"I couldn't hit water if I fell out of a boat,'' was the first thing Steve Yount said to me three decades ago after he had just been hired as the head coach at his alma mater. He was describing why he was a defensive-minded player, during his hoops-playing days at Augustana College, and why his Augustana-coached teams would be defensive in nature.
Funnyman, that Yount.
For me and the countless others lucky enough to know him, Steve Yount is more than just a much-needed dose of humor in our world.
He has been a confidant to me and many others. We have all gone to him in search of advice and guidance for over the last 30 years. His advice — if we had an ounce of sense — we all took it and used it to better our lives.
Yount is retiring from teaching at United Township High School at the end of the school year. It will be sad to see him go but it's great for him and his family: wife, Beth Ann; and his two sons, Justin, Chip (Garrett), their wives and his two grandchildren.
For nearly two decades at UTHS, Yount positively impacted the lives of thousands of students, athletes, and staff. His unique, and oftentimes humorous, manner will be missed. He has now earned the right to better his golf game at some sun-kissed southern outpost closer to his kids and grandkids.
His retirement is well earned for many reasons but none bigger than for his dedication to family.
After a successful nine-year run as the head basketball coach at Augustana, Yount, who grew in Champaign, stepped away from the grind of college coaching to be closer to home. Beth Ann, his amazing bride, who proves daily that Steve got the better end of the whole "I Do,'' thing, had begun to struggle with her health.
When he was hired at Augustana, Yount was a breath of coaching fresh air. He was funny, open, intense and turned Augustana Basketball into an instant winner, including an NCAA runner-up finish in 1993. As a coach, Yount made the angry sport coat toss famous long before others started doing it. His tie rarely made it past halftime as well. No official ever escaped Beth Ann's rath, either.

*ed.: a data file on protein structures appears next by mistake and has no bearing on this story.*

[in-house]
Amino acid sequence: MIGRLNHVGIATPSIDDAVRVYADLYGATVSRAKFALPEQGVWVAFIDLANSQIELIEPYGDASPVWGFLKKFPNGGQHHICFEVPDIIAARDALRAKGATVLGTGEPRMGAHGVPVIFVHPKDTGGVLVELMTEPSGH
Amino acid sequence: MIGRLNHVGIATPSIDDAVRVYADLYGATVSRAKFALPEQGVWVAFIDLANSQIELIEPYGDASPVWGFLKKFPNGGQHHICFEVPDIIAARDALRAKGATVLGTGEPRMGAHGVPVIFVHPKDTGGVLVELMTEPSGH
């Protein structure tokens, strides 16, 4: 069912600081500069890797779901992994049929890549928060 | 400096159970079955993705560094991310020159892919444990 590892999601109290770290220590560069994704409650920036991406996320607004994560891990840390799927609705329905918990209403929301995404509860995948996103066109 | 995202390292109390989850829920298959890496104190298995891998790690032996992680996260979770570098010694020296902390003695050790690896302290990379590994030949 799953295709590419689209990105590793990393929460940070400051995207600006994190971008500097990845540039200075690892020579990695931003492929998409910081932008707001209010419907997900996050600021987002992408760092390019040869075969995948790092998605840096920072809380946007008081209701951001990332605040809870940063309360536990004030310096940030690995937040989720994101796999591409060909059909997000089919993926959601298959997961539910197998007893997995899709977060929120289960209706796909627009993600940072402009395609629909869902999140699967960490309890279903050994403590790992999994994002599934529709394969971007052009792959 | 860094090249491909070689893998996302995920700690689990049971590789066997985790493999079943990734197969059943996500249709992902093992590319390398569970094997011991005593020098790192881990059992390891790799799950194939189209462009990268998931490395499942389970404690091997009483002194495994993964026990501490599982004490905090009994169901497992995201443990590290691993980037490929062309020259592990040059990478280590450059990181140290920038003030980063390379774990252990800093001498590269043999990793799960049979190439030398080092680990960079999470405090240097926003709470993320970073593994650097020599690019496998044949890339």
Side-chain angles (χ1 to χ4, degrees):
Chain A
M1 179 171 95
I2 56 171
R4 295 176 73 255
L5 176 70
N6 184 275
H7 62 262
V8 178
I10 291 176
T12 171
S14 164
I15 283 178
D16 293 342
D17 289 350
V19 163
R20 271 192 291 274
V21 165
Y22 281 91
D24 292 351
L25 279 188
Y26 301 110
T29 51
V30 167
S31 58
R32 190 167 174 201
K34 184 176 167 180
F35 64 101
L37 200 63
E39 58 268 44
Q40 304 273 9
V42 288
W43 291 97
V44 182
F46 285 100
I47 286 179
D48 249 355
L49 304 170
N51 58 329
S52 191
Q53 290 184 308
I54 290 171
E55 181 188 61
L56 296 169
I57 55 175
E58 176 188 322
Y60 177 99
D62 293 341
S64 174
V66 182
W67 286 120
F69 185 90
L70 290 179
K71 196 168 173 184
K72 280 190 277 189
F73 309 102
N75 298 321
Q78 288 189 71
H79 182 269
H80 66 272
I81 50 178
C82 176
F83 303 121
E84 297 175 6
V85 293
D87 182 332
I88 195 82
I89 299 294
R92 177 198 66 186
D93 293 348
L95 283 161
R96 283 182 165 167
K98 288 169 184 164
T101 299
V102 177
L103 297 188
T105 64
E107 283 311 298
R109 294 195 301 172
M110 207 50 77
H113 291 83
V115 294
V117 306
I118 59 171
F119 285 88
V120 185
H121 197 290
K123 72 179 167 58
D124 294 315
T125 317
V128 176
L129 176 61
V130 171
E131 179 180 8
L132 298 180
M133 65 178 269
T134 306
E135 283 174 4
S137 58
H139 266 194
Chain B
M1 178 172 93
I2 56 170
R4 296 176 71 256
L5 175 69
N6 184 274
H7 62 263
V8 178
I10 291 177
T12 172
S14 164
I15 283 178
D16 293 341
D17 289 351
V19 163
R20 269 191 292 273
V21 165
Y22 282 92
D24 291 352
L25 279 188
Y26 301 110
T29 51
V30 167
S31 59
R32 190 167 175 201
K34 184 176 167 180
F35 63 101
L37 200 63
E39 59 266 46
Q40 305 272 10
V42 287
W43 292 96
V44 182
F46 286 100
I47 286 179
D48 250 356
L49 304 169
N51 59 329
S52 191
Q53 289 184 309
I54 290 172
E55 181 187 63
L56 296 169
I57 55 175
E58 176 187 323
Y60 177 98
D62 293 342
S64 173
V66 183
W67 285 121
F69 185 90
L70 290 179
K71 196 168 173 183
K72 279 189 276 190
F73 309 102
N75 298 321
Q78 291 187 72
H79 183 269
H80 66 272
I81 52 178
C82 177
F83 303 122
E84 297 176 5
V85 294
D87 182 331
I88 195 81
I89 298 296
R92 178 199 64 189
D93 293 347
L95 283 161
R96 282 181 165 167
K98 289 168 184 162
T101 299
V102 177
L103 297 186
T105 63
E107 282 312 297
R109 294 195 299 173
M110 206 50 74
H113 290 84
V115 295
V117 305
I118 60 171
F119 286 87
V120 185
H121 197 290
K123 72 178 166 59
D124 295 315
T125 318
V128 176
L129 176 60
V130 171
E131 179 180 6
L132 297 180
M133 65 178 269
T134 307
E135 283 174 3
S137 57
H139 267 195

Gimmicks aside, Yount could coach, recruit and did he did it all with amazing character. His choice to be with his family and stop coaching college basketball was his own. There was no ceiling on his ability.
To stay closer to Beth Ann, Justin and Chip, Yount took a physical education post at UTHS. A job that would eventually lead him back to coaching basketball and baseball, both with Beth Ann's blessing. After coaching college basketball, Yount was safe enough in his own skin to teach and mentor high schoolers, never needing the ego boost that came with being the face of a program. His return to basketball and baseball, at the high school level, was a bonus to the kids he coached and those he coached against.
My visits with Yount since he stepped away from coaching baseball at UTHS, have been less frequent, but anytime spent with him is — and will always be — a bonus. He is truly that good a dude.
I have not asked for specifics of retirement, but warmer weather will be a must for Yount and Beth Ann. Sadly, though, more opportunity to play golf and fish will not make him better at either.
Some things cannot be fixed.
Some folks, though, don't need fixing. Yount is one of them.
Columnist John Marx can be reached at 309 757 8388 or firstname.lastname@example.org
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